I chose to comment on this tonight because it felt like the right time. After fighting like cats and dogs with my mother, who is a religious freak threatened by art, particularly literature (I brought home some books by Salman Rushdie and she's a bit of a Qur'an-thumper), I was drawn to this and just had to nod along. I understand that art is an embarrassment, but those moments are so minuscule and do not compare to the moments you feel like . . . it's your passion. It's what you were born to do and if you lose it (even for a couple of weeks), you are lost without it. Your personality changes, your relationships change, the way you view the world seems a little bit empty, or restless. I could rant about how some just don't understand, and how alone it feels, but that's not really the point of this write.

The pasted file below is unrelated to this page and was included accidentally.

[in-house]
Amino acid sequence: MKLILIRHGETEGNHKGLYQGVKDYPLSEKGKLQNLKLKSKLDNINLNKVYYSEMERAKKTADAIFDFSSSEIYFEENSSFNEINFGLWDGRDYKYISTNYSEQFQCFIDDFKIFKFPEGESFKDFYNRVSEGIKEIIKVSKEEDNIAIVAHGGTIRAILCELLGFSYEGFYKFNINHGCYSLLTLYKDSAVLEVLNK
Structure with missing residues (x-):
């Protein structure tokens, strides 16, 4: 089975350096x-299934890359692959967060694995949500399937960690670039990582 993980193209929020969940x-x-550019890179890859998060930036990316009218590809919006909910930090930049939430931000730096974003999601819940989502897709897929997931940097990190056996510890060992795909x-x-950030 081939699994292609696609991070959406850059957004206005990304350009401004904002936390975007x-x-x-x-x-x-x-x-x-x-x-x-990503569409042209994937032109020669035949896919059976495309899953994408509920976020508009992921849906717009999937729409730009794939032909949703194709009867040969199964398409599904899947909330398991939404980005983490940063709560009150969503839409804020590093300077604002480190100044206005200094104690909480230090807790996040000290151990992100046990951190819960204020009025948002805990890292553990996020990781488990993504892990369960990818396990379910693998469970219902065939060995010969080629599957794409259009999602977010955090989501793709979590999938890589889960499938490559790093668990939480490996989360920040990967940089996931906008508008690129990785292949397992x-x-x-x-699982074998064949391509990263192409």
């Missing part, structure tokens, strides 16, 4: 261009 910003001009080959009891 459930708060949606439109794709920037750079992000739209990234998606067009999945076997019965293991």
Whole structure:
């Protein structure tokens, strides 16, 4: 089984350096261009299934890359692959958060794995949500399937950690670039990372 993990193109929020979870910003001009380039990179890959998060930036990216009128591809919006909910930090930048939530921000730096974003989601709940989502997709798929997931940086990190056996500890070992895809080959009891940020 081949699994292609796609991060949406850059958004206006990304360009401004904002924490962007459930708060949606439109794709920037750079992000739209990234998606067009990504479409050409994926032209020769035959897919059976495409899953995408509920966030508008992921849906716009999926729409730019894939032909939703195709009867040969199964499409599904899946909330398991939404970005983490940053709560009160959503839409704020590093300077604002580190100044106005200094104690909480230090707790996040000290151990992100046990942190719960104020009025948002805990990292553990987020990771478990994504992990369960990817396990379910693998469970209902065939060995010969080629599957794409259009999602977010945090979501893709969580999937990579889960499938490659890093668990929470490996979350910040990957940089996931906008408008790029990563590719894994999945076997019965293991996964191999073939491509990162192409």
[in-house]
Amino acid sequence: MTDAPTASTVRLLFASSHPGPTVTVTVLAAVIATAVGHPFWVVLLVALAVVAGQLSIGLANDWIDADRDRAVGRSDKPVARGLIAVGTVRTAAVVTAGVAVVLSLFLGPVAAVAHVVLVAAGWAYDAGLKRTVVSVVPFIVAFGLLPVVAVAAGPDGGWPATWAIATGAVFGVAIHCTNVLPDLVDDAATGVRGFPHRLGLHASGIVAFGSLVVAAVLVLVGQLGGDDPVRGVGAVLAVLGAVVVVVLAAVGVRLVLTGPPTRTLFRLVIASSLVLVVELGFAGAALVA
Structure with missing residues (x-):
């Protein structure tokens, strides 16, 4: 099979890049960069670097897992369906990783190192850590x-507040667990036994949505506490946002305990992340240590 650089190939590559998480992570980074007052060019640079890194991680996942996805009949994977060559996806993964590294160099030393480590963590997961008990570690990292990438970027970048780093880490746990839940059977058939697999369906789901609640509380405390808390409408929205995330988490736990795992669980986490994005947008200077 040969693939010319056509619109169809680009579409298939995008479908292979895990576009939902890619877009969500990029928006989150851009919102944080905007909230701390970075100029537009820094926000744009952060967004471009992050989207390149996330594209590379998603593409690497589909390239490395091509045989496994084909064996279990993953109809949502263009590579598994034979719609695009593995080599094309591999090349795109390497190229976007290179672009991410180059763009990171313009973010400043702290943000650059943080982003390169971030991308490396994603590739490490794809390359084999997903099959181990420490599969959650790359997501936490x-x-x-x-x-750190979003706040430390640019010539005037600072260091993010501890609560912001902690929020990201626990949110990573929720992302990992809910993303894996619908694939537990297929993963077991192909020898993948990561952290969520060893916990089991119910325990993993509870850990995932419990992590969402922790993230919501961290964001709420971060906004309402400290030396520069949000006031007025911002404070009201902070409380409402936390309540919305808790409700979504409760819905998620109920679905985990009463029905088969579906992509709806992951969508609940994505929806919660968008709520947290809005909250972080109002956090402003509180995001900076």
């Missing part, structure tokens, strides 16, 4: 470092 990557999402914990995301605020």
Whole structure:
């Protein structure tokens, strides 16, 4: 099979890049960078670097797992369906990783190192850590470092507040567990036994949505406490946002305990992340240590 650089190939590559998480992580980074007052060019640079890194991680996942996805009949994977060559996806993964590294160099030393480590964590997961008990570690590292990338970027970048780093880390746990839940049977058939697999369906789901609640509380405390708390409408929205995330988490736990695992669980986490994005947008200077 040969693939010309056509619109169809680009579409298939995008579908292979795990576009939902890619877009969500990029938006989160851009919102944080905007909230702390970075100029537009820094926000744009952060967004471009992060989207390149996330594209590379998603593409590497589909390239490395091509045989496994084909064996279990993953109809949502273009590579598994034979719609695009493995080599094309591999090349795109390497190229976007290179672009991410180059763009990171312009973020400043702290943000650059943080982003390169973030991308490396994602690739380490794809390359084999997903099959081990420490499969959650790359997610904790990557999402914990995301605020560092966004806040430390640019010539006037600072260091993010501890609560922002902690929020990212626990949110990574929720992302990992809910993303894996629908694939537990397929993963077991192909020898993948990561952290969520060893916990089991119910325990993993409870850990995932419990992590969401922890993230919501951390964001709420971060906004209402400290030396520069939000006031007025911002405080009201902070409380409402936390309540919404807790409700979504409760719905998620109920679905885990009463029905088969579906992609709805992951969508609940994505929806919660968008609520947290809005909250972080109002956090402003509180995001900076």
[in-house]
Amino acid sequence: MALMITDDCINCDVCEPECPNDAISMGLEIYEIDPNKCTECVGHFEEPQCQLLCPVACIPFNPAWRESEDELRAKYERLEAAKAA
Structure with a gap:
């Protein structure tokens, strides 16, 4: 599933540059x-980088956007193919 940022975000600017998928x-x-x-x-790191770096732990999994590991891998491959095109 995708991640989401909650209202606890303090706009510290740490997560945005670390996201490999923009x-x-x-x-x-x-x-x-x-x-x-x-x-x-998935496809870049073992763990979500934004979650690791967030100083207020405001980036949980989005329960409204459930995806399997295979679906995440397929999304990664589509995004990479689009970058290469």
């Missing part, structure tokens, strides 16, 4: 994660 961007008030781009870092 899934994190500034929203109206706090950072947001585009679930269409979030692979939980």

It's an expression of passion above all else. The will to continue because there is no choice in the matter. And if there was, then you're doing it for the wrong reasons. It's the most freeing and beautiful feeling I have ever been lucky enough to feel.

    So, after all this directionless blabbering, I just want to say that you've restored a bit of my faith after it just got chewed up and spat at me. Art is mistaken for arrogance; literature is mistaken for disrespect; soul is mistaken for cage.

    Again and again.

    But not here.

    | Posted on 2008-12-17 00:00:00 | by O | [ Reply to This ]
      I disagree that the beginning sounds juvenile. It fits the piece.

    I do agree that the varied lines work really nicely. <3 it.

    (do you know someone who does this? it reminded me of this: